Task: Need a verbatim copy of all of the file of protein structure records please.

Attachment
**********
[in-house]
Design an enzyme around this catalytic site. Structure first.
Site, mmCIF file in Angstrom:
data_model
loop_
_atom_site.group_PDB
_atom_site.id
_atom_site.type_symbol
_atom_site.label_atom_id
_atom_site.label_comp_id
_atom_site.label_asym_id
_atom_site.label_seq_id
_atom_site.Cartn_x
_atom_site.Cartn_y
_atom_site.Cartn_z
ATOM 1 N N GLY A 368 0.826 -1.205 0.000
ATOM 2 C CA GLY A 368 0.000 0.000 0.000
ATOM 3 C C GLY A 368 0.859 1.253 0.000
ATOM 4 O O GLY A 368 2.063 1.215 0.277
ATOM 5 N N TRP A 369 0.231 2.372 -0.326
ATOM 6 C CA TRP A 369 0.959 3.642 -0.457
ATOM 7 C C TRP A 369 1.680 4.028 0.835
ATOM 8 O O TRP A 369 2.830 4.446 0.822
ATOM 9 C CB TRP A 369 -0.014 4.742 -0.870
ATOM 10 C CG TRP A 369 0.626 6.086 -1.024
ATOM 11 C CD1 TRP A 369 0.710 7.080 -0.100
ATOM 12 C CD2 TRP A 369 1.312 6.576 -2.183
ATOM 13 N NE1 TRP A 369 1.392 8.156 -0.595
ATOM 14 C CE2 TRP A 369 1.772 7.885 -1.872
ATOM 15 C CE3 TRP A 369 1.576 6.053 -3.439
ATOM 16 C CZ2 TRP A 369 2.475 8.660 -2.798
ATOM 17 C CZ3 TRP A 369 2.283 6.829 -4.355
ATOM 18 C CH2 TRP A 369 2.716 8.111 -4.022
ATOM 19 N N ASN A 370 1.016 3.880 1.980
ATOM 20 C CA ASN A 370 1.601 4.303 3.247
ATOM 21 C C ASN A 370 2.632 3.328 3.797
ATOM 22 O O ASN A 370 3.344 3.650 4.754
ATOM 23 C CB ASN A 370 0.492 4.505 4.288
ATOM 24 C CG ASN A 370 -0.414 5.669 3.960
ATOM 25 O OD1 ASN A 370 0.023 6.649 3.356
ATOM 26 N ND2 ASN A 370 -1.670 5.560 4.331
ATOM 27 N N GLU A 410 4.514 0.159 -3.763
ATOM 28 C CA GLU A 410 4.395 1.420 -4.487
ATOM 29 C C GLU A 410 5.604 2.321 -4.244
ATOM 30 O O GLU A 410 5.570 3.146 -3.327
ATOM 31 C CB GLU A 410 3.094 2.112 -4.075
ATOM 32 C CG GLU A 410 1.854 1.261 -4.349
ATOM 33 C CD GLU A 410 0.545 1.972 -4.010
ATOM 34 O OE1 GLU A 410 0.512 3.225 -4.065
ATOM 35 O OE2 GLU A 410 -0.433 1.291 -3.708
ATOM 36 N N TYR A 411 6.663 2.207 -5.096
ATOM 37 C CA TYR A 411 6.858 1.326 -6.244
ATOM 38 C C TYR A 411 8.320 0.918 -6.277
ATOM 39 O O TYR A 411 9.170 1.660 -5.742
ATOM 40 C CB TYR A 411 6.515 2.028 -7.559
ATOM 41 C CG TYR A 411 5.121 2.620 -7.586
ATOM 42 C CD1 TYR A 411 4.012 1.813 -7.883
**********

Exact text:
[in-house]
Design an enzyme around this catalytic site. Structure first.
Site, mmCIF file in Angstrom:
data_model
loop_
_atom_site.group_PDB
_atom_site.id
_atom_site.type_symbol
_atom_site.label_atom_id
_atom_site.label_comp_id
_atom_site.label_asym_id
_atom_site.label_seq_id
_atom_site.Cartn_x
_atom_site.Cartn_y
_atom_site.Cartn_z
ATOM 1 N N GLY A 368 0.826 -1.205 0.000
ATOM 2 C CA GLY A 368 0.000 0.000 0.000
ATOM 3 C C GLY A 368 0.859 1.253 0.000
ATOM 4 O O GLY A 368 2.063 1.215 0.277
ATOM 5 N N TRP A 369 0.231 2.372 -0.326
ATOM 6 C CA TRP A 369 0.959 3.642 -0.457
ATOM 7 C C TRP A 369 1.680 4.028 0.835
ATOM 8 O O TRP A 369 2.830 4.446 0.822
ATOM 9 C CB TRP A 369 -0.014 4.742 -0.870
ATOM 10 C CG TRP A 369 0.626 6.086 -1.024
ATOM 11 C CD1 TRP A 369 0.710 7.080 -0.100
ATOM 12 C CD2 TRP A 369 1.312 6.576 -2.183
ATOM 13 N NE1 TRP A 369 1.392 8.156 -0.595
ATOM 14 C CE2 TRP A 369 1.772 7.885 -1.872
ATOM 15 C CE3 TRP A 369 1.576 6.053 -3.439
ATOM 16 C CZ2 TRP A 369 2.475 8.660 -2.798
ATOM 17 C CZ3 TRP A 369 2.283 6.829 -4.355
ATOM 18 C CH2 TRP A 369 2.716 8.111 -4.022
ATOM 19 N N ASN A 370 1.016 3.880 1.980
ATOM 20 C CA ASN A 370 1.601 4.303 3.247
ATOM 21 C C ASN A 370 2.632 3.328 3.797
ATOM 22 O O ASN A 370 3.344 3.650 4.754
ATOM 23 C CB ASN A 370 0.492 4.505 4.288
ATOM 24 C CG ASN A 370 -0.414 5.669 3.960
ATOM 25 O OD1 ASN A 370 0.023 6.649 3.356
ATOM 26 N ND2 ASN A 370 -1.670 5.560 4.331
ATOM 27 N N GLU A 410 4.514 0.159 -3.763
ATOM 28 C CA GLU A 410 4.395 1.420 -4.487
ATOM 29 C C GLU A 410 5.604 2.321 -4.244
ATOM 30 O O GLU A 410 5.570 3.146 -3.327
ATOM 31 C CB GLU A 410 3.094 2.112 -4.075
ATOM 32 C CG GLU A 410 1.854 1.261 -4.349
ATOM 33 C CD GLU A 410 0.545 1.972 -4.010
ATOM 34 O OE1 GLU A 410 0.512 3.225 -4.065
ATOM 35 O OE2 GLU A 410 -0.433 1.291 -3.708
ATOM 36 N N TYR A 411 6.663 2.207 -5.096
ATOM 37 C CA TYR A 411 6.858 1.326 -6.244
ATOM 38 C C TYR A 411 8.320 0.918 -6.277
ATOM 39 O O TYR A 411 9.170 1.660 -5.742
ATOM 40 C CB TYR A 411 6.515 2.028 -7.559
ATOM 41 C CG TYR A 411 5.121 2.620 -7.586
ATOM 42 C CD1 TYR A 411 4.012 1.813 -7.883